Obama nominates new SC judge, Republicans won't accept

Judge Garland is known for his "decency, modesty integrity, even-handedness and excellence," Barack Obama said.

March 16, 2016 09:16 pm | Updated November 17, 2021 02:02 am IST - WASHINGTON

President Barack Obama has nominated Merrick Garland, Chief Judge on the U.S. Court of Appeals in D.C. to the U.S Supreme Court to succeed conservative judge Antonin Scalia who passed away last month. In an impassioned plea, Mr Obama exhorted the Republican Party to not turn the confirmation process into “an extension of our divided politics.”

The nomination has to be confirmed by the Republican majority Senate, but its leaders have said they would not even consider any nomination that Mr Obama would make. The issue has also become a bitterly fought presidential campaign issue. Republican candidates argue that only the next president should make the nomination. Mr Obama said the constitution does not require the president to stop working in the last year in office.

“I simply ask Republicans in the Senate to give him a fair hearing, and then an up or down vote,” Mr. Obama said. “If you don’t, then it will not only be an abdication of the Senate’s constitutional duty, it will indicate a process for nominating and confirming judges that is beyond repair.” He said the Republicans must “decide whether they want to follow the Constitution and abide by the rules of fair play.”

Judge Garland was confirmed with majority support from both parties in the U.S. Senate in 1997 — a fact that the president underscored. “Judge Garland has more federal judicial experience than any Supreme Court nominee in history,” a White House release said. The new nominee led the investigation and prosecution of the Oklahoma City bombing case.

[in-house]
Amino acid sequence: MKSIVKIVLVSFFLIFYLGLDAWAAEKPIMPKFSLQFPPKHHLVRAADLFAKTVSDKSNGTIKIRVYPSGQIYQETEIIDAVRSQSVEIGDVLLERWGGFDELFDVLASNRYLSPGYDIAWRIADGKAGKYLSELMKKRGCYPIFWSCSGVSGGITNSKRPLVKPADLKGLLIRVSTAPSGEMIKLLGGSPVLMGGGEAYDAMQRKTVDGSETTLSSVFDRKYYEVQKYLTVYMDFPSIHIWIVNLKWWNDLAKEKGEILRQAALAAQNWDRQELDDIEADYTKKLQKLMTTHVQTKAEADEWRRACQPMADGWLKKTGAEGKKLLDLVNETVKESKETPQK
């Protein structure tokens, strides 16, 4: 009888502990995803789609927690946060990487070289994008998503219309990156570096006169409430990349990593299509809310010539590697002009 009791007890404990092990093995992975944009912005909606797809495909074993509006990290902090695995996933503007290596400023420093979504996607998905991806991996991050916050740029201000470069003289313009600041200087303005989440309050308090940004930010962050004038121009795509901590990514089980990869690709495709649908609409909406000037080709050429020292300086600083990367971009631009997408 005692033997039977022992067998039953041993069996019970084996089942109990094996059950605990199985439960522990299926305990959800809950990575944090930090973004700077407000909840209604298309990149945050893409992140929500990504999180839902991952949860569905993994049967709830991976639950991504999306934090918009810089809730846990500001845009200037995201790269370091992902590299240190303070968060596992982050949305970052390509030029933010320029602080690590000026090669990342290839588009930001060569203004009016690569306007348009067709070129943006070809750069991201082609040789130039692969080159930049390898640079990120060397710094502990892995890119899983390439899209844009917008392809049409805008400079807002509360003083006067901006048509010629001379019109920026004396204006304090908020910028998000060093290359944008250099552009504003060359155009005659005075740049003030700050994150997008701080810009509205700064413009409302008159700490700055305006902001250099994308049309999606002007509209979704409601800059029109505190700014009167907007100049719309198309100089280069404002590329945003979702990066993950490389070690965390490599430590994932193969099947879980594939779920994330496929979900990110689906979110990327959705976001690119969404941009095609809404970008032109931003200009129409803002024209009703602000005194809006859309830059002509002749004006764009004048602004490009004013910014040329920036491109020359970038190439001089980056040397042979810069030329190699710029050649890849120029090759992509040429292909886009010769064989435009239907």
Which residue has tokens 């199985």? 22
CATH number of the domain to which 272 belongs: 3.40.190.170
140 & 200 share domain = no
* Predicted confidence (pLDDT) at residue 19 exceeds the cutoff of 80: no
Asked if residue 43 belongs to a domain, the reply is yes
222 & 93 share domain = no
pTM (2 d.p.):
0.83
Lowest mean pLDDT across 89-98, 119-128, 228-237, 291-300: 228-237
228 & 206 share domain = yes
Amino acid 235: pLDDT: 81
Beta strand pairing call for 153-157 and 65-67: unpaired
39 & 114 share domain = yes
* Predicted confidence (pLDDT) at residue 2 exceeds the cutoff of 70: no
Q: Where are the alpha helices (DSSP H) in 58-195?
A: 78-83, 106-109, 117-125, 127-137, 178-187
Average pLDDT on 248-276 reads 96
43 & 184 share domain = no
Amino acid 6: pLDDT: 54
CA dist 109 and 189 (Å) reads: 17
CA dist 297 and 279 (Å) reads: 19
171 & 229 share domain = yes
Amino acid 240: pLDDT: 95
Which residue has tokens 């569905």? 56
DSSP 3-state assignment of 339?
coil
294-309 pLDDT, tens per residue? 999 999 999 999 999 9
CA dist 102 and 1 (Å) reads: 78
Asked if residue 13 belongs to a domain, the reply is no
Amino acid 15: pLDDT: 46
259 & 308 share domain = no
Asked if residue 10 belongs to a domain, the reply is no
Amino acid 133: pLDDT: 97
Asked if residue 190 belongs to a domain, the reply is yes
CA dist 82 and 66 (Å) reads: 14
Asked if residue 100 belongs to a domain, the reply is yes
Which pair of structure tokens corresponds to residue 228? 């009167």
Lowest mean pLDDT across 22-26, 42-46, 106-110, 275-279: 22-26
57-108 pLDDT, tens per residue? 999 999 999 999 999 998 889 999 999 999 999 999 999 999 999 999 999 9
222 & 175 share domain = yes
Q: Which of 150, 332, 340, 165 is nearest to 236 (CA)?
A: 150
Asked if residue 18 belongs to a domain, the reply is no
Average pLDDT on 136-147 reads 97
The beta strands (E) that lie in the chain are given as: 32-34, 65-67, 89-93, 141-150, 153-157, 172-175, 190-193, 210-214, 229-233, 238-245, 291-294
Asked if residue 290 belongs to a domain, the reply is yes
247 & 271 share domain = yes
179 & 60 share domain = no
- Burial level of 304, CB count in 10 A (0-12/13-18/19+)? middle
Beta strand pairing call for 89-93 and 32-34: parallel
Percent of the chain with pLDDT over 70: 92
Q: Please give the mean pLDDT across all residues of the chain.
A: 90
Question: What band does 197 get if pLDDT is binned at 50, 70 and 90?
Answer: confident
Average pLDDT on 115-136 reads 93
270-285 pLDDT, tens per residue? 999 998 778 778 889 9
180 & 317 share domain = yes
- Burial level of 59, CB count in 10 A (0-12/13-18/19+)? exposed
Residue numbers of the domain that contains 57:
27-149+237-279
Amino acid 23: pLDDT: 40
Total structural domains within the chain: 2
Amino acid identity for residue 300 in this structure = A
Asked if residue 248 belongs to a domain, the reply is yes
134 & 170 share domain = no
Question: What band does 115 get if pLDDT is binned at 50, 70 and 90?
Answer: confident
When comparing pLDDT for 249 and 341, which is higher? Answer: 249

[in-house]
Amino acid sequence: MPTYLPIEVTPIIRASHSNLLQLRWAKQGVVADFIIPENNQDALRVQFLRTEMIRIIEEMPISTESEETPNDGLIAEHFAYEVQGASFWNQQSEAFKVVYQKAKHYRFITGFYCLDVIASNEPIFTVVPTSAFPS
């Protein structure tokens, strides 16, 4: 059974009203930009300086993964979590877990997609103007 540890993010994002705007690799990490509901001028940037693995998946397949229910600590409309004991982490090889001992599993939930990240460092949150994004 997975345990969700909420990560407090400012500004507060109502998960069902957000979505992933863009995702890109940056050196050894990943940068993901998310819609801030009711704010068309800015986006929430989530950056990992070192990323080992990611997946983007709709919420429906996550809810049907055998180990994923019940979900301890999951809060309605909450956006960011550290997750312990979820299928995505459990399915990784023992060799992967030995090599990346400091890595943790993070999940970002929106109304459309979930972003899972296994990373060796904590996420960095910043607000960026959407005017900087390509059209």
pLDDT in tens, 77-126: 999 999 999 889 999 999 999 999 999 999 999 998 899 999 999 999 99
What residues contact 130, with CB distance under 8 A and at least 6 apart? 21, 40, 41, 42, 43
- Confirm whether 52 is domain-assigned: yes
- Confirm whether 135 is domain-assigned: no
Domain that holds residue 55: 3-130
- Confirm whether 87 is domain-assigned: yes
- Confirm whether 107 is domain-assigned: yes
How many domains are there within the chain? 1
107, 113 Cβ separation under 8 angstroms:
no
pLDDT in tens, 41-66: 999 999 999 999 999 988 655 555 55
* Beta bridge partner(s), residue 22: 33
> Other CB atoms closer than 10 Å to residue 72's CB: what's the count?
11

Soon after the president’s announcement, Senate Majority Leader Mitch McConnel said the Senate would not consider the nomination. Mr McConnel said the president did it "not with the intent of seeing the nominee confirmed, but in order to politicise it for the purpose of the election." "The American people may well elect a president who decides to nominate Judge Garland for Senate consideration. The next president may also nominate somebody very different."

A centrist and moderate, Judge Garland is highly regarded by the legal fraternity and lawmakers. By nominating him, President Obama has thrown a challenge to the Republican Party, which will find it difficult to cite any reasons for opposing him. One constant refrain from the Republicans has been that a “liberal” judge that Mr Obama would nominate could undermine the U.S Constitution.

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